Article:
Xavier Turo, a 45-year-old electrician, traveled from the village of Sentmenat with his wife to Barcelona for what they hope will be a historic day for the prosperous northeastern region.

Turo says "we are nervous, but happy. We have been waiting a long time for this. Our government is risking their necks for us. I am sure they will declare independence."
------
2:20 p.m.
Catalonia's government spokesman Jordi Turull has declined to give away any details of what regional president Carles Puigdemont will say ahead of a highly anticipated address to parliament Tuesday.

Some expect Puigdemont to declare independence from Spain in his speech to lawmakers but he has not revealed what the message would be.
"These are very intense and passionate moments," Turull said during a weekly briefing to reporters.

Spanish authorities have legally challenged every step of the Catalan government's move to secede and sent in police to try to stop a highly disputed independence referendum last week. Catalan authorities say the majority of those who voted favored independence from Spain.
------
2 p.m.
The spokesman for the Catalan government says the regional economy is sound despite the exodus of companies moving their corporate addresses to other Spanish territories.

Dozens of companies have made the move in order to remain under Spanish and European laws if Catalonia manages to secede. The moves so far do not affect jobs or investments but don't send a message of confidence in the secessionist-minded officials governing Catalonia.

"Those who want to create a sense of alarm are wrong," said Jordi Turull, underscoring that foreign investment and trade figures support the regional government's confidence in the economy.

Turull added that the regional economy is "'much more than a few landmark companies."

He also said: "The same way they have left, they will come back soon."
------
11:40 a.m.
An official at the Catalan parliament says its governing board has "taken notice" of the results in last week's disputed independence referendum -- but that it won't put the results through normal parliamentary procedures, at least for now.

The pro-secession Catalan government has said the results of the Oct. 1 referendum -- showing a 90 percent victory for those favoring independence with a turnout of 43 percent of eligible voters -- are valid.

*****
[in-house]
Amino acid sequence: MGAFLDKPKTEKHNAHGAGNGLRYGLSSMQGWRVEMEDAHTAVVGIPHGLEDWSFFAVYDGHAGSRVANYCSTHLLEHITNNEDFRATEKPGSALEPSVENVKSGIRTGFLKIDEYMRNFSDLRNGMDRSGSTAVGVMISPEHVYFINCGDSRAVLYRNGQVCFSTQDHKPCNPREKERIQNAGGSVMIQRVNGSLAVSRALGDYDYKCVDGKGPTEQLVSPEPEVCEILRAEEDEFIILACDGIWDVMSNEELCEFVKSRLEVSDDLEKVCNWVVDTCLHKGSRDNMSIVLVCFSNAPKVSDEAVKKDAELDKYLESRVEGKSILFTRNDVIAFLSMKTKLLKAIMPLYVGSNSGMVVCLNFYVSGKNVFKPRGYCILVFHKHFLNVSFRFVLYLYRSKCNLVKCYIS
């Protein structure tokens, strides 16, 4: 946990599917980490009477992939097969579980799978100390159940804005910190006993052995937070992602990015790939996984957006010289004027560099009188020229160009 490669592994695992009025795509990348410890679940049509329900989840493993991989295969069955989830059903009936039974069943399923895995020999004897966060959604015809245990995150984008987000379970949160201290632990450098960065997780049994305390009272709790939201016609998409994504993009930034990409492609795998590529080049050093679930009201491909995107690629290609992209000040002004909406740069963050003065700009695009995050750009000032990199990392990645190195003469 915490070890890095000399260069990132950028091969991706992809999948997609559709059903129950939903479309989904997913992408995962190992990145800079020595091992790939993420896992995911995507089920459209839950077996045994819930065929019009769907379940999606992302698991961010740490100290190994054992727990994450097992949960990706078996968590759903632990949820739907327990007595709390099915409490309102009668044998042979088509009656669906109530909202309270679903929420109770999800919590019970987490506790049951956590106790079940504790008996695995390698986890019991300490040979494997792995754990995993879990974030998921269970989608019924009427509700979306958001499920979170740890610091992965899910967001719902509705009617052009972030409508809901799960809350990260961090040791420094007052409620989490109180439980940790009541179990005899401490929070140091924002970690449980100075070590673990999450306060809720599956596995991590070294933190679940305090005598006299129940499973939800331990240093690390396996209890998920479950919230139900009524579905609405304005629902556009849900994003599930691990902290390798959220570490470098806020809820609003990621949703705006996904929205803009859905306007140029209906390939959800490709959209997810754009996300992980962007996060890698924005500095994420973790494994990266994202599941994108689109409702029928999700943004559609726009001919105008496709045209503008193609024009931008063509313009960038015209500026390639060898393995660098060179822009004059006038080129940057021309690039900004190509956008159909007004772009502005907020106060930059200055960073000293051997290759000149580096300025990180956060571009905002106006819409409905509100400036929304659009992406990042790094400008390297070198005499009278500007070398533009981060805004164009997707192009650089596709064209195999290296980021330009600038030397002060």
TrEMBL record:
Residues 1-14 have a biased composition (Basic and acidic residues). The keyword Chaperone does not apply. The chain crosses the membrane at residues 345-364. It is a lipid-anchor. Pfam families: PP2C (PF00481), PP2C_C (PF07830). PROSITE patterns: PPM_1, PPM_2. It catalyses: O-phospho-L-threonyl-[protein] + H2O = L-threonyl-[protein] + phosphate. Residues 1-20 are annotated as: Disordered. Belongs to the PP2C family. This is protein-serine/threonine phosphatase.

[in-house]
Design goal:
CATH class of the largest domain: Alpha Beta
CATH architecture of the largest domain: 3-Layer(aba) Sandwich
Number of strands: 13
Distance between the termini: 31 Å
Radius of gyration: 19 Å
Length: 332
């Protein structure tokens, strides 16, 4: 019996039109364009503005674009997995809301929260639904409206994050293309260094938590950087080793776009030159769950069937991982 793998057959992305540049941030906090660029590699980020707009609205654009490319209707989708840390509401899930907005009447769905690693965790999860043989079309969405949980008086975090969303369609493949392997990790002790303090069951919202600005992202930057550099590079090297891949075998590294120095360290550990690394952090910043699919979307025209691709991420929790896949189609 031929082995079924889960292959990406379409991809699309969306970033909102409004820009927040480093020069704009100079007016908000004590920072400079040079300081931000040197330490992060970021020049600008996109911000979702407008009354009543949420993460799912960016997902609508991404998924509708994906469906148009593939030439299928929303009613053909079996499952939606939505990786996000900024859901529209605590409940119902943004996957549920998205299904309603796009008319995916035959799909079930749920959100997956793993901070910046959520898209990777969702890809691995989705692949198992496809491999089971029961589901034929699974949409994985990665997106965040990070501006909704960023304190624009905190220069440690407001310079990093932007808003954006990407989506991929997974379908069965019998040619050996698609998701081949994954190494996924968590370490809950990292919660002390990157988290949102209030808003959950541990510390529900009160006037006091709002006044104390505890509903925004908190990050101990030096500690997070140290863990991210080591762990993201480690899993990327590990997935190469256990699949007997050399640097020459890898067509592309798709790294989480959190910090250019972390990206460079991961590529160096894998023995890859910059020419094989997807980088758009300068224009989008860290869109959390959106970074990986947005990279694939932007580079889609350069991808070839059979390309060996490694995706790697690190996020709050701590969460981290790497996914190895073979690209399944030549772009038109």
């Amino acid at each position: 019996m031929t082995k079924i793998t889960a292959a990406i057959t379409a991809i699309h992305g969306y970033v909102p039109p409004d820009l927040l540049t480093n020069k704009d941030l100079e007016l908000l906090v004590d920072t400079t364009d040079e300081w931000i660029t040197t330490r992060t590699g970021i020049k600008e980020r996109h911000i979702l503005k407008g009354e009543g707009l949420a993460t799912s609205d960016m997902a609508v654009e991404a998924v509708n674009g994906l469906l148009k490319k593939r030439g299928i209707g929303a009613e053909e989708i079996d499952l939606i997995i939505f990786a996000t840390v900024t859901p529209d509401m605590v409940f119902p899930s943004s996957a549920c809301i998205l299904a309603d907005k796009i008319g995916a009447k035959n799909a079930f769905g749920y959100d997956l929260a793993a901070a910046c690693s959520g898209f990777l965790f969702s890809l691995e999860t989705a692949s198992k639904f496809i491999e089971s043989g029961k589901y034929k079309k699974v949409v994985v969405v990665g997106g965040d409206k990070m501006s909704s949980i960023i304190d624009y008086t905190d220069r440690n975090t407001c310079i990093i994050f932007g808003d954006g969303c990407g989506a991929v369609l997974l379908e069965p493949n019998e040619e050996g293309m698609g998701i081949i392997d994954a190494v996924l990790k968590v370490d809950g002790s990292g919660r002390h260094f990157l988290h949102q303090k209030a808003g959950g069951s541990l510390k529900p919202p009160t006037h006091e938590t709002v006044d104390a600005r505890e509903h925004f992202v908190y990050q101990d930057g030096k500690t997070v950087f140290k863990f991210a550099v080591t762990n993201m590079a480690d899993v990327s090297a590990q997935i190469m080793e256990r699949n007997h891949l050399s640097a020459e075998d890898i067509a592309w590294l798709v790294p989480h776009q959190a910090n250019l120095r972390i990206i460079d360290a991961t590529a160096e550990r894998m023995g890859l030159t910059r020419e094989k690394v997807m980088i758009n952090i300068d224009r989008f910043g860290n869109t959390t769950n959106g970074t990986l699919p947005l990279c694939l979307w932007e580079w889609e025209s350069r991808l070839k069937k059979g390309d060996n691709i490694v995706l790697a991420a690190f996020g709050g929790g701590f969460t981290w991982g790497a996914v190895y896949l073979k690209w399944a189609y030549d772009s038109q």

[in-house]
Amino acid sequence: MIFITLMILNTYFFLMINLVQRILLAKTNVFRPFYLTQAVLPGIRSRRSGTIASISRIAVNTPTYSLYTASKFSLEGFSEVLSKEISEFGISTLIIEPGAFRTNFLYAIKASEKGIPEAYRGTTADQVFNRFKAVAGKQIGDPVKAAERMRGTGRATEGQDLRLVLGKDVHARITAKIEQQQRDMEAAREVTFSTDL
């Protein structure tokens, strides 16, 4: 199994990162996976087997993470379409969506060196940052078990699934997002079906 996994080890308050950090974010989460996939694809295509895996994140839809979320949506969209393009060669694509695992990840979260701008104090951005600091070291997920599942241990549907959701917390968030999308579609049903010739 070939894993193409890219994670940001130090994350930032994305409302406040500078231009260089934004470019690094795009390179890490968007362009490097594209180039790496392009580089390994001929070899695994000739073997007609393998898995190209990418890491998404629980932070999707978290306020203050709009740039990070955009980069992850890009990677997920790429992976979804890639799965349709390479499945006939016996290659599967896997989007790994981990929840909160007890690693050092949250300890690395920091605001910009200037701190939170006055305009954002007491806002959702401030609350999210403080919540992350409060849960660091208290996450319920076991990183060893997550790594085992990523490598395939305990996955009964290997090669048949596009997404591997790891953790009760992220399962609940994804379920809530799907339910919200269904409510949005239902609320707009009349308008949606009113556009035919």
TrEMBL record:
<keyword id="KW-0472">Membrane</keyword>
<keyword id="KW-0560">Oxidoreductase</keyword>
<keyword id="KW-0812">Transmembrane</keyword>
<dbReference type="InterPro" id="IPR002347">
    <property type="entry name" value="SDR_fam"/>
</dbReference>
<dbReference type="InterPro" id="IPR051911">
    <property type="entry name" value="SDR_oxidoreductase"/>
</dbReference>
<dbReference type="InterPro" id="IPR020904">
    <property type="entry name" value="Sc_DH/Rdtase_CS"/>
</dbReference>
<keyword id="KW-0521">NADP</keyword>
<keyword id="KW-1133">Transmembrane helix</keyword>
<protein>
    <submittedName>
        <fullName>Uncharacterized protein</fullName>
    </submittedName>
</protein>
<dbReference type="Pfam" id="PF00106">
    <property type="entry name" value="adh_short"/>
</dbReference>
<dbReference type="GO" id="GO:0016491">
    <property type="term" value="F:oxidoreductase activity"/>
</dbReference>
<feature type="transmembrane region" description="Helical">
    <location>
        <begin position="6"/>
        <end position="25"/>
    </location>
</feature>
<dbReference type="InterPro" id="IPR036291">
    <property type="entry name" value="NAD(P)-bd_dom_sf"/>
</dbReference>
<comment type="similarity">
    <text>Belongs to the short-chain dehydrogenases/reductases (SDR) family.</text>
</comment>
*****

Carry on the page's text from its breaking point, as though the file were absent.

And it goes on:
The Spanish government says the vote was illegal.

The parliamentary official, who was speaking on condition of anonymity, said parliament's governing board will not take any action beyond acknowledging the vote results submitted last Friday by the regional government.
------
11:10 a.m.
Catalans are awaiting a Tuesday evening appearance by their regional leader in parliament with expectations divided between those who want to see the birth of a new republic and others opposed to such a move or fearing a backlash from the Spanish central authorities.

"I am thrilled," said Maria Redon, a 51-year-old office worker during Tuesday's busy commute in central Barcelona. "I've been waiting for this all my life. We have fought a lot to see an independence Catalonia."

Catalan president Carles Puigdemont hasn't revealed the precise message he will deliver in a 6 p.m. (1600GMT) session in the region's parliament, but separatist politicians have said they expect a declaration based on the results of the disputed Oct. 1 independence referendum.

"Impossible. He won't do it. By doing so he would be diving into an empty pool," said Carlos Gabriel, a 36-year-old waiter. "These people know it's just a dream. Something very complicated. Something that will carry many negative consequences for all of us."
------
10:55 a.m.
Spanish Economy Minister Luis de Guindos says that he hopes "common sense" prevails and that Catalan separatist leaders refrain from making a declaration of independence later on Tuesday.

Catalonia's president Carles Puigdemont is to address the regional Catalan parliament at 6 p.m. (1600GMT) in a session during which a declaration of independence could be made based on the results of a disputed Oct. 1 independence referendum opposed by Spanish central authorities.

Speaking ahead of a meeting of European economy and finance ministers in Luxembourg, de Guindos blamed Puigdemont's "radical" and "irresponsible" government for the current standoff and said that his European counterparts have expressed support for the Spanish government position.

"This is not about independence yes or no. This is about a rebellion against the rule of law. And the rule of law is the foundation of coexistence, not only in Spain but in Europe," de Guindos told reporters.
------
9:15 a.m.
Police are guarding public buildings and closing off a park surrounding the regional Catalan parliament in Barcelona where a declaration of independence on Tuesday evening is likely to be met with a harsh response from Spanish central authorities.

Catalan president Carles Puigdemont hasn't revealed the precise message he will deliver in a 6 p.m. (1600GMT) plenary session, but separatist politicians have said they expect a declaration based on the results of the disputed Oct. 1 independence referendum.

The separatists have declared valid the pro-independence victory in the vote, which was followed by mass protests of Catalans angered by heavy-handed police tactics.

There have also been large-scale rallies by people committed to national unity.

How the declaration will be enforced and what the Spanish government's response will be are the key questions.